John Humphrys offers advice to aspiring journalists: 'Don't do it': Today programme presenter John Humphrys tells Press Gazette he is advises not to go into journalism as a profession. "I am deeply pessimistic for the future of serious print journalism and I tell my own children and grandchildren to train for a profession where they're more likely to get a decent job with some hope of security". But Piers Morgan, Jon Snow, Ian Hislop, John Witherow and Kay Burley  and many others all disagree.

A journalist goes missing nearly every day in Ukraine: The week's most sobering news media statistic, from The Independent.

18 April 2014

St Pancras Intelligencer no. 14

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Welcome to the latest edition of the St Pancras Intelligencer, our weekly round-up of news about news - stories about news production, publications, apps, digitised resources, events and what is happening with the newspaper collection (and other news collections) at the British Library.   

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Daily Mirror, 16 April 2014

The Mirror’s Crying Child Photo – Not All That it Seems: Ethical conumdrum and news image of the week was the Daily Mirror's hotly debated selection of an image of a crying child for a front page story on food parcels in Britain.  Blogger Dan Barker points out that the children isn't hungry (she was crying over an earthworm), she's American, and it was taken in 2009.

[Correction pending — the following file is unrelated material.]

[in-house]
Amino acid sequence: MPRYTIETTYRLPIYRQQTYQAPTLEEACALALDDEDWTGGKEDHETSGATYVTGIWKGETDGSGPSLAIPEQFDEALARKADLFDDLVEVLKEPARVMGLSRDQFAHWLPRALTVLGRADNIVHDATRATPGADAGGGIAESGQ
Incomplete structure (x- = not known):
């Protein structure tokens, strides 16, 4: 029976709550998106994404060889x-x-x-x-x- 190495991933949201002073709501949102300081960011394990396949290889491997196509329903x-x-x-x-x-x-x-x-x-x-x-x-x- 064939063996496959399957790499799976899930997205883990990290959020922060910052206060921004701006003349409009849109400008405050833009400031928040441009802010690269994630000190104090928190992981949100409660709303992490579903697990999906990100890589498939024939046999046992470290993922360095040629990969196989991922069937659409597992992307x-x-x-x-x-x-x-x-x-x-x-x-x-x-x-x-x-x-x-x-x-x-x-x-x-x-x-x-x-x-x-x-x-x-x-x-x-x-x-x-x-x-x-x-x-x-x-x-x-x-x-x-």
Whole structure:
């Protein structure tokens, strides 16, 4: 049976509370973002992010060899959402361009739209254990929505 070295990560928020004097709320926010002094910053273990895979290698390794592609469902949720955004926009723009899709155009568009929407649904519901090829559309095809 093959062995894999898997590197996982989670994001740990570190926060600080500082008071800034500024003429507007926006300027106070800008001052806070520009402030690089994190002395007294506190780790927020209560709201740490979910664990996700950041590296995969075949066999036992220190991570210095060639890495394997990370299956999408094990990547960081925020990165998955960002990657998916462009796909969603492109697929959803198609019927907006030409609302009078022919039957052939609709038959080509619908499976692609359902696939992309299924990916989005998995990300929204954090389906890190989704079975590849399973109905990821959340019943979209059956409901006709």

Pulitzer Prizes Awarded for Coverage of N.S.A. Secrets and Boston Bombing: Some would imprison them; others hand them garlands - The Washington Post and The Guardian have been awarded the Pulitzer Prize for public service for their reports based on the National Security Agency documents leaked by Edward Snowden. The Boston Globe won the breaking news prize for coverage of the Boston Marathon bombing, a year ago this week.

To the Snowden story system a crowning Pulitzer might have gone: No prizes should be awarded for the grammar in the title of Jay Rosen's article for his PressThink blog, but he argues that how the Snowden story was developed and shared internationally, outflanking national attempts to prevents its publication, is what merits a Pulitzer prize.

Tusrkey is a case study in the value of citizen journalists, thanks to the ones behind @140journos: Fascinating account by Mathew Ingram on how journalists use social media  in some countries when the traditional news media are perceieved to have failed - here the example of a citizien journalism initative in Turkey, crowdsourcing verification of poll results.

Appeals court says blogs are not only media, they're an important source of news and commentary: Mathew Ingram again, on the implications of a legal decision from a Florida court case on the status of blogs in a defamation case.